WATCH: The second-annual Baynes Sound Shoreline cleanup is underway and the shellfish industry remains responsible for the majority of debris being found.
Volunteers had only been on a beach in Union Bay for 45 minutes Wednesday when some of their bags were already full of debris.
“In this bag is I’d say 99 per cent poly rope, a little bit of mesh and a liquor can,” said Fisheries and Oceans Canada Senior Shellfish and Aquaculture Biologist Shelley Jepps.
The multi-day clean up around Baynes Sound near Courtenay includes Fisheries and Oceans Canada (DFO), the Association for Denman Island Marine Stewards and the BC Shellfish Grower’s Association.
Several shellfish farms operate in the area and are responsible for the majority of debris that volunteers were finding.
“Half of the debris, half of the 40 cubic yards over the first two days has been attributed to the shellfish industry and the other half is from derelict, abandoned recreational vessels, beach goers, there’s the odd flip-flop and tires and coffee cups, that sort of stuff,” said DFO Aquaculture Biologist Chris Marrie.
The DFO conducts inspections at shellfish farms up and down the coast assessing conditions of license that are aimed at reducing debris.
“We assess conditions of license that are aimed at eliminating, reducing, minimizing debris that comes from shellfish aquaculture facilities,” said Jepps. “Conditions of license that require proper installation of predator netting, properly wrapped styrofoam and prevent the release of debris into the marine environment.”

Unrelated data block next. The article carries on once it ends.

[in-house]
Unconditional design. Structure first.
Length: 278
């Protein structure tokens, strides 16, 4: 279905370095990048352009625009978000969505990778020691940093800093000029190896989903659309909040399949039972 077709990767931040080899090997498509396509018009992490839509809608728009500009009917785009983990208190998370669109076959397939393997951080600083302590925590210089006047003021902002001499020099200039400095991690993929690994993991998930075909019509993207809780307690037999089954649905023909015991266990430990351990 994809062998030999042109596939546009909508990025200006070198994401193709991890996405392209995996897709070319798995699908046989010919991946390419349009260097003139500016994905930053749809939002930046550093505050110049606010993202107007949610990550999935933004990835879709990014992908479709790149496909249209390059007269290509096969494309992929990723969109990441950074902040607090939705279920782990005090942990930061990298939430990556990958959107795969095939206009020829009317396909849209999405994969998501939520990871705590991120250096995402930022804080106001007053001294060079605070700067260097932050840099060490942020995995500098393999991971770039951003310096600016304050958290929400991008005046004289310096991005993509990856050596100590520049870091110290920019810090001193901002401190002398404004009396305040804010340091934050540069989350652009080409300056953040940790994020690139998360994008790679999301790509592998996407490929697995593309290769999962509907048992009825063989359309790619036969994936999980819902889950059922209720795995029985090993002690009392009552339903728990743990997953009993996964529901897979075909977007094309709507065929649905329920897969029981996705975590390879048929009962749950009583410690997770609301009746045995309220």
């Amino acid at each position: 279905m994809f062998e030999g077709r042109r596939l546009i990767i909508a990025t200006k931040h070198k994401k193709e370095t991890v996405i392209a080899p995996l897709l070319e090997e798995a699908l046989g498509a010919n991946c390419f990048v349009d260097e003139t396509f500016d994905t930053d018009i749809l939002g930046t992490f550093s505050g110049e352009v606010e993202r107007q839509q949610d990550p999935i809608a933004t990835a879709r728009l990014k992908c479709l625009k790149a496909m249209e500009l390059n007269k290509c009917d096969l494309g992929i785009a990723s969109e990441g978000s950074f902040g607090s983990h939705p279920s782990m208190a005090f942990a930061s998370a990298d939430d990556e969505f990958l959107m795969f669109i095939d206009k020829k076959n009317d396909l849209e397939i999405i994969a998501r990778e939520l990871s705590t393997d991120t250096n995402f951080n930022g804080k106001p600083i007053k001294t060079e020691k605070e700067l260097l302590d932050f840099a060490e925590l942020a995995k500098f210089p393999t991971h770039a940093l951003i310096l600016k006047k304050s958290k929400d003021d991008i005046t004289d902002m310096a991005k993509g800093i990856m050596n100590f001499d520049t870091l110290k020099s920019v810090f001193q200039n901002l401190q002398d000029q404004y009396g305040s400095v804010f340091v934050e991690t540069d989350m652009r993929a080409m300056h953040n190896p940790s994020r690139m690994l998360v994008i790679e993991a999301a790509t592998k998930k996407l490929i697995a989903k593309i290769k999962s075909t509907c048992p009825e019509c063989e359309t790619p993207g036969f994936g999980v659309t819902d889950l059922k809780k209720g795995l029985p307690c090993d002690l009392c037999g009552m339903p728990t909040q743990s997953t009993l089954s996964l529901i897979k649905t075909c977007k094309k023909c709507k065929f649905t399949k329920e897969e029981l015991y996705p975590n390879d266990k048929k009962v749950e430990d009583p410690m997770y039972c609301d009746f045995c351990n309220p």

DFO officers are out enforcing those rules.
“So we have a variety of different compliance tools available to us,” said Fisheries Officer Kirsty Walde. “It can be anything from a verbal to a written warning. We can also be involved in mitigating and getting the sites cleaned up collaboratively and that can escalate right up to court proceedings.”
They say the industry is changing and compliance is improving. Shellfish growers are even taking an active part in the clean up this week.
“So over the years we have made changes to the way that we farm our product,” said Fanny Bay Oysters General Manager Brian Yip.
“One of the things that comes to mind is the rope that you see on the beach sometimes, I would say that 99 per cent of the growers have been staying away from that.”
Most of the plastic picked up are larger pieces but microplastics are a major health problem for fish. A recent study by UVIC, VIU, the Vancouver Aquarium and DFO showed that more microplastics were not found by shellfish farms compared to other control sites.